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Nov 16, 2010

Optivia and UCSF Win $0.43M SBIR Grant to Develop ADME System

  • Optivia Biotechnologies and the University of California, San Francisco (UCSF) received a $430,000 Phase 1 SBIR grant from the U.S. NIH to develop a platform for studying the effects of transporters on drug disposition by the liver and the interplay of transporters and metabolizing enzymes. The ultimate goal is to provide a transporter-based ADME prediction system for new drug candidates. The collaboration will combine Optivia’s transporter technology platform with the expertise of Leslie Z. Benet, Ph.D. professor and chairman emeritus at UCSF’s department of bioengineering and therapeutic sciences.

    Optivia suggests that the ability to integrate analysis of drug transporters into ADME evaluations is likely to become a core regulatory requirement for drug development in the future. “The industry has long observed discrepancies between measuring drug metabolism in existing experimental systems,” comments Yong Huang, Ph.D., Optivia president and CEO. “Transporters likely contribute to the observed discrepancies. Considering transporters when assessing metabolism will result in the generation of better in vitro models.”

    “This grant will allow us to build on UCSF’s previous work suggesting that we can predict how drugs behave in the body, specifically in the liver, based on transporter biology,” adds Dr. Benet, who is also a member of the International Transporter Consortium. “We intend to provide a body of systematic data based on the in vitro profiling of a large number of drugs against a panel of key human transporters as the first step toward building transporter-based predictive models for the assessment of ADME and drug-drug interactions.”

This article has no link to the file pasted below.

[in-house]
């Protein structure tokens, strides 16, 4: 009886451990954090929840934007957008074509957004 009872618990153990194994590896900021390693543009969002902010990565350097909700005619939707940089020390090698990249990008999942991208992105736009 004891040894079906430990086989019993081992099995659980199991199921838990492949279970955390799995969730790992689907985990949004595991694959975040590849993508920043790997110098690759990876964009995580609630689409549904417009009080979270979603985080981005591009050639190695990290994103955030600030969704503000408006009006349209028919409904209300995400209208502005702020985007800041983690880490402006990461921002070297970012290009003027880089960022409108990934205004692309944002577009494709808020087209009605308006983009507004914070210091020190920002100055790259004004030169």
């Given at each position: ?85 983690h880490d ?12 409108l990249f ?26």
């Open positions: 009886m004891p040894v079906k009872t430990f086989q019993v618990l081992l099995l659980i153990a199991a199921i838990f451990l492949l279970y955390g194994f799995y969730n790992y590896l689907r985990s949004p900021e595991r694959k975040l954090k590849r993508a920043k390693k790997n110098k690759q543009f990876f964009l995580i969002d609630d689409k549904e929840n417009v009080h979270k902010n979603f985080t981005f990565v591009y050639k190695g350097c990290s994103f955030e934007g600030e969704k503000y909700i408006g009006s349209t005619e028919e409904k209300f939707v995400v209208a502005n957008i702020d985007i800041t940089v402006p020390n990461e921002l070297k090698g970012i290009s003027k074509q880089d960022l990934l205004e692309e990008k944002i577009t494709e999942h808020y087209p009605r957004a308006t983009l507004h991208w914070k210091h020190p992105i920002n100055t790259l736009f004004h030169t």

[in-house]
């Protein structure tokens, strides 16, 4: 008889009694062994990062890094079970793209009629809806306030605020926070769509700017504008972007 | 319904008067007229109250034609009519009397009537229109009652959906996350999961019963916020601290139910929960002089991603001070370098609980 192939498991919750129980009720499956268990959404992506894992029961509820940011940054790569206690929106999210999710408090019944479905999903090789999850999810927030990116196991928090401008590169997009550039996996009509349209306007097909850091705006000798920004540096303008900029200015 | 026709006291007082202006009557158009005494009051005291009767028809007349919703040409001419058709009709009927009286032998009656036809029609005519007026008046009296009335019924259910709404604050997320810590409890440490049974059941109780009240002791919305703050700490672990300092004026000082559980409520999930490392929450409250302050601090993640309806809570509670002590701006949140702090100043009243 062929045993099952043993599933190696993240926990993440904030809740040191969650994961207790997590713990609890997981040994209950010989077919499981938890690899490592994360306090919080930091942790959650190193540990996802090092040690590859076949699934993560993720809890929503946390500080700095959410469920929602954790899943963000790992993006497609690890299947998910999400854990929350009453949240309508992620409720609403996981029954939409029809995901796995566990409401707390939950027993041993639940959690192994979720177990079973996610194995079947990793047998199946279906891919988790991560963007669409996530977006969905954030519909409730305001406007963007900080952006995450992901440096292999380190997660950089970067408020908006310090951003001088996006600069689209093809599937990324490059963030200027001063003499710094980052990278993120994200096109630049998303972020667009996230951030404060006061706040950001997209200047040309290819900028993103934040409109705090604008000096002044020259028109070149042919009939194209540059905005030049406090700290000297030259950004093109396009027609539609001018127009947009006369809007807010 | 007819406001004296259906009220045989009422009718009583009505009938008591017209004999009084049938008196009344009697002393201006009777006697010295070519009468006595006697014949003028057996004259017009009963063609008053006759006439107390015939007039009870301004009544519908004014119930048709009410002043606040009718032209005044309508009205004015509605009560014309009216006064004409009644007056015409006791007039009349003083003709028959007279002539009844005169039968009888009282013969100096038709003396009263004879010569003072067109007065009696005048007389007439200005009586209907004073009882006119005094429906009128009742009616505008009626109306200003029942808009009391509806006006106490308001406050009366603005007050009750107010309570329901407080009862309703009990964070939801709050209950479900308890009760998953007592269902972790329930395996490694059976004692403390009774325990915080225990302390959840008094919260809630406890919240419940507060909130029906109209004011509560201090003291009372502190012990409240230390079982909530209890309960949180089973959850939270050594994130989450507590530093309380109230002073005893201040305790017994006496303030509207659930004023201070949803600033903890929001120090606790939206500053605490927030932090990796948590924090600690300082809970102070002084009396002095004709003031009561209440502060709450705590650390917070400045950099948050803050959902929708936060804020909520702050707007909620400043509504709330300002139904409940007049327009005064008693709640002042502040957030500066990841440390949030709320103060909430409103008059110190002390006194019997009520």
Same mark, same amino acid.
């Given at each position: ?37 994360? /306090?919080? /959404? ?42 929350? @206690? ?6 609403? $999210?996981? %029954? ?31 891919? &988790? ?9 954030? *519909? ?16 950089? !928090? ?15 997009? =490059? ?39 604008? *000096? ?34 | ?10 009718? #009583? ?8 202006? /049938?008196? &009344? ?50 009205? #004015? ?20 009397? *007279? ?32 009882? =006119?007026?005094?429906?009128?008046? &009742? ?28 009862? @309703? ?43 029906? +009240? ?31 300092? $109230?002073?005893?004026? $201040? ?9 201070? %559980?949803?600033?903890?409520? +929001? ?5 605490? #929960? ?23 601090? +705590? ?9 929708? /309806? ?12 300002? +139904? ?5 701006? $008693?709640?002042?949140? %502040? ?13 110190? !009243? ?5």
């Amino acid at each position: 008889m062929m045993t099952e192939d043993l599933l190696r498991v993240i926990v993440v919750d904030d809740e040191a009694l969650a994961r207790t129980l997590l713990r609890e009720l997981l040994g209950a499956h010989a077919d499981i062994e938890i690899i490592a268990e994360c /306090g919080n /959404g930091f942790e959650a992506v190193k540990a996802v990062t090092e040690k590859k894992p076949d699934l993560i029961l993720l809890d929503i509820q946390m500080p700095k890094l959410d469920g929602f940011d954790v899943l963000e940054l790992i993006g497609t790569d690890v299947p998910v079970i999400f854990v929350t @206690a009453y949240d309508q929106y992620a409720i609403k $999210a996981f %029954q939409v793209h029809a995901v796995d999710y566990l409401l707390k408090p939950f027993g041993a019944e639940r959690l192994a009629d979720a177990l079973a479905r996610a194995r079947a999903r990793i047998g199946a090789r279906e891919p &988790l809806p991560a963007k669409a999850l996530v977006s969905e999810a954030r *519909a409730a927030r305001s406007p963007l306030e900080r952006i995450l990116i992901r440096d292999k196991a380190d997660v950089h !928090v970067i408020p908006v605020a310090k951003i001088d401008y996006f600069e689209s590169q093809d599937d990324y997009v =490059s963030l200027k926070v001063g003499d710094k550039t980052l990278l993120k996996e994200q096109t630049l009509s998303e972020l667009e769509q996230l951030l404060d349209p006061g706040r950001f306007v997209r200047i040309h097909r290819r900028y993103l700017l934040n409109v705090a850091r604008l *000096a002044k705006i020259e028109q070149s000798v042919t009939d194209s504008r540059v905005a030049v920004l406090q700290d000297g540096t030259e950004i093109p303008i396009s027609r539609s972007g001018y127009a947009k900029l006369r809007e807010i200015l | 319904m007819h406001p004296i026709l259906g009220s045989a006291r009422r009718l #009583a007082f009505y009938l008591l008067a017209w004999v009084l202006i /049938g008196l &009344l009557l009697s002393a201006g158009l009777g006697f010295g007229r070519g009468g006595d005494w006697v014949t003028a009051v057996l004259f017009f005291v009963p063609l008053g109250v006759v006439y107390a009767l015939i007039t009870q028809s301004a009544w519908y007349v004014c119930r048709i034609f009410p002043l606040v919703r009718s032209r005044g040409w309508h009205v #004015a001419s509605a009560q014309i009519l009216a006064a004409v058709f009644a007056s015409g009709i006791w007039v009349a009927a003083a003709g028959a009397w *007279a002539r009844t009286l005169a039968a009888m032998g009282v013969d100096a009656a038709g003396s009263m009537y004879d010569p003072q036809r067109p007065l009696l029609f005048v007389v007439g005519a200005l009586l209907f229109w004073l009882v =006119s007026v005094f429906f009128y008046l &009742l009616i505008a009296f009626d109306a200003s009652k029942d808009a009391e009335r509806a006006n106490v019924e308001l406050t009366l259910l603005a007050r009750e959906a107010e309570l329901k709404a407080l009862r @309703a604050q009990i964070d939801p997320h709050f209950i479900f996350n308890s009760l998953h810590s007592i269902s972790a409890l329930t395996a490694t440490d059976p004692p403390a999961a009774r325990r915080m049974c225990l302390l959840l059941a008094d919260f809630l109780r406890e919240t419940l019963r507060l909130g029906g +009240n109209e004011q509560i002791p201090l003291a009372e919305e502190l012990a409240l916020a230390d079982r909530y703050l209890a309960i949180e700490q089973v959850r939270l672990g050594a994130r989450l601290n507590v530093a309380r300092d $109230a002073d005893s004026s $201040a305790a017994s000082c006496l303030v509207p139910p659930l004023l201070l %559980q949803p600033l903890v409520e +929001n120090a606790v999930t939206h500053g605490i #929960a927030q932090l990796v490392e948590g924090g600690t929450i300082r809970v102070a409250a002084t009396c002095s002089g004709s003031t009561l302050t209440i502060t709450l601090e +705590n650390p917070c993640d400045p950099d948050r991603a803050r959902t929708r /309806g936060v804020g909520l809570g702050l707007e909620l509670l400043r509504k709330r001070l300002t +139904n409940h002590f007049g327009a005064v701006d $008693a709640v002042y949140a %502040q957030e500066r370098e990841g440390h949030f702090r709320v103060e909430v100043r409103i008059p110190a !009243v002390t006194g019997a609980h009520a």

Optivia and UCSF initially aim to systematically test 40 marketed drugs against 10 major hepatic transporters, and correlate the in vitro drug transporter interaction data with in vivo data on the disposition of drugs in the liver. The study is designed both to build a better and earlier-stage model for predicting drug activity in humans, and address the interplay between transporters and drug-metabolizing enzymes. “A model that correlates in vitro data to in vivo results would be of incalculable value to the pharmaceutical industry, since it will allow drug developers to make better decisions on the ADME properties of drug candidates prior to performing in vivo studies,” Dr Benet claims. “The unique capabilities of the Optivia platform will allow us to move forward on this critical step in building transporter-based predictive models for ADME.

    Optivia offers a range of tailored transporter assay services and products to optimize drug development and the design of safer drugs with improved therapeutic responses. These include substrate transport studies, inhibition studies, and the OptiDDI suite, which has been established as a comprehensive group of in vitro transporter assay services to be used for FDA submissions for the assessment of transporter mediated drug-drug interactions.


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